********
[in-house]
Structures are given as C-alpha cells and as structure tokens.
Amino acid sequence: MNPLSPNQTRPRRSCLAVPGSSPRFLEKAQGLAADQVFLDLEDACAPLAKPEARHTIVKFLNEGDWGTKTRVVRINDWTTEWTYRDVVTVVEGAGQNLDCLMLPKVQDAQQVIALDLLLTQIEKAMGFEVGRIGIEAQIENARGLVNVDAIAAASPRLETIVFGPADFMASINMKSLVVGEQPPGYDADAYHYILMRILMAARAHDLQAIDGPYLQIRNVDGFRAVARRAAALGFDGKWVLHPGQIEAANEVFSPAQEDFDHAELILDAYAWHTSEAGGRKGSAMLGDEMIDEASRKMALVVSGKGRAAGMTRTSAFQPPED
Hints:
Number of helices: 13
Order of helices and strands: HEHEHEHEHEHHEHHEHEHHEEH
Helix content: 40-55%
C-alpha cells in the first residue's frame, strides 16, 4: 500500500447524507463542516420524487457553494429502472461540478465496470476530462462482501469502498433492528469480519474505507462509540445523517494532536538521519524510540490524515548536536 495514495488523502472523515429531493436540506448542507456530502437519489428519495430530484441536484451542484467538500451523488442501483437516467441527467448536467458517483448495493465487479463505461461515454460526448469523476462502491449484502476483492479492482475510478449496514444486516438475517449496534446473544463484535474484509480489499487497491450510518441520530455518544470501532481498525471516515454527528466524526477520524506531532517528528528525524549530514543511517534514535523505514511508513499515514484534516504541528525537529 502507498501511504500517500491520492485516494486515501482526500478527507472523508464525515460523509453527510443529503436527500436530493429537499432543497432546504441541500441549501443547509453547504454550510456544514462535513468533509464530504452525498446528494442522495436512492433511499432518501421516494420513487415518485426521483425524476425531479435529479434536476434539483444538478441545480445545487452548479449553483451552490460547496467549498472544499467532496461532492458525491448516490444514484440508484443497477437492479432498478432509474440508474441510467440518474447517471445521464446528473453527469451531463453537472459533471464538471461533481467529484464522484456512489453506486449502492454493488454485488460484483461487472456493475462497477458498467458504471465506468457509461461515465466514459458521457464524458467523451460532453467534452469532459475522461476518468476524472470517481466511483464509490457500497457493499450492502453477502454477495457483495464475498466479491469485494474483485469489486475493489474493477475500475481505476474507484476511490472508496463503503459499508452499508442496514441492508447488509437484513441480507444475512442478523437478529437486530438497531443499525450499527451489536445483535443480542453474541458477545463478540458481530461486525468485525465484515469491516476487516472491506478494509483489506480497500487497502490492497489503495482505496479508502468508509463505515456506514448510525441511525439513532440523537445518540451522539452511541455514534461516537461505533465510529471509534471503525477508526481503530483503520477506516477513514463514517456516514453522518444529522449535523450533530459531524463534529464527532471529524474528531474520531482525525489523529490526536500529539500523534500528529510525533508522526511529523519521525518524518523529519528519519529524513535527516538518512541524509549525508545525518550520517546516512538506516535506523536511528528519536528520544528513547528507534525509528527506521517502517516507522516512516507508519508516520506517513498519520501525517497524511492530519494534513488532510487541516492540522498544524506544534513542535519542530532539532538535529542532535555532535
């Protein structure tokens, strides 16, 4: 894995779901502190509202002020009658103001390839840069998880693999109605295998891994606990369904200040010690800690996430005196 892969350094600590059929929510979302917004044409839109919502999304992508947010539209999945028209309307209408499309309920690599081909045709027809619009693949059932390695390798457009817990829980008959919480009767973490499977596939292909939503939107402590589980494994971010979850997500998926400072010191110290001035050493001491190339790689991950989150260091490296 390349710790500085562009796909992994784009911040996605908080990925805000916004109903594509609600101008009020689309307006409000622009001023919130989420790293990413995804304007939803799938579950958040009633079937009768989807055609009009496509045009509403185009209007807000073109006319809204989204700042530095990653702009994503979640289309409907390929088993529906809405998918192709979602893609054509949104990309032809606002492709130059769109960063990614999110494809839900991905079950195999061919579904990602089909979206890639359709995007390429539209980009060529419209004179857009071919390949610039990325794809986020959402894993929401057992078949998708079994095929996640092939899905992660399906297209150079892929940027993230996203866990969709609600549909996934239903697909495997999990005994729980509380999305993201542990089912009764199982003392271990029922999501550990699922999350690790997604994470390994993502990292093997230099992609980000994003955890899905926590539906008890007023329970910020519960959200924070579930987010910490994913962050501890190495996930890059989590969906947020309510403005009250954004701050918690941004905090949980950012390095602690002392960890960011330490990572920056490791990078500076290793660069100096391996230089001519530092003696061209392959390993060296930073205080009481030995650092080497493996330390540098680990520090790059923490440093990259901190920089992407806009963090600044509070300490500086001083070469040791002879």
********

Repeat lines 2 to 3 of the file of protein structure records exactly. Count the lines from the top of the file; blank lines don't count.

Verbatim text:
Structures are given as C-alpha cells and as structure tokens.
Amino acid sequence: MNPLSPNQTRPRRSCLAVPGSSPRFLEKAQGLAADQVFLDLEDACAPLAKPEARHTIVKFLNEGDWGTKTRVVRINDWTTEWTYRDVVTVVEGAGQNLDCLMLPKVQDAQQVIALDLLLTQIEKAMGFEVGRIGIEAQIENARGLVNVDAIAAASPRLETIVFGPADFMASINMKSLVVGEQPPGYDADAYHYILMRILMAARAHDLQAIDGPYLQIRNVDGFRAVARRAAALGFDGKWVLHPGQIEAANEVFSPAQEDFDHAELILDAYAWHTSEAGGRKGSAMLGDEMIDEASRKMALVVSGKGRAAGMTRTSAFQPPED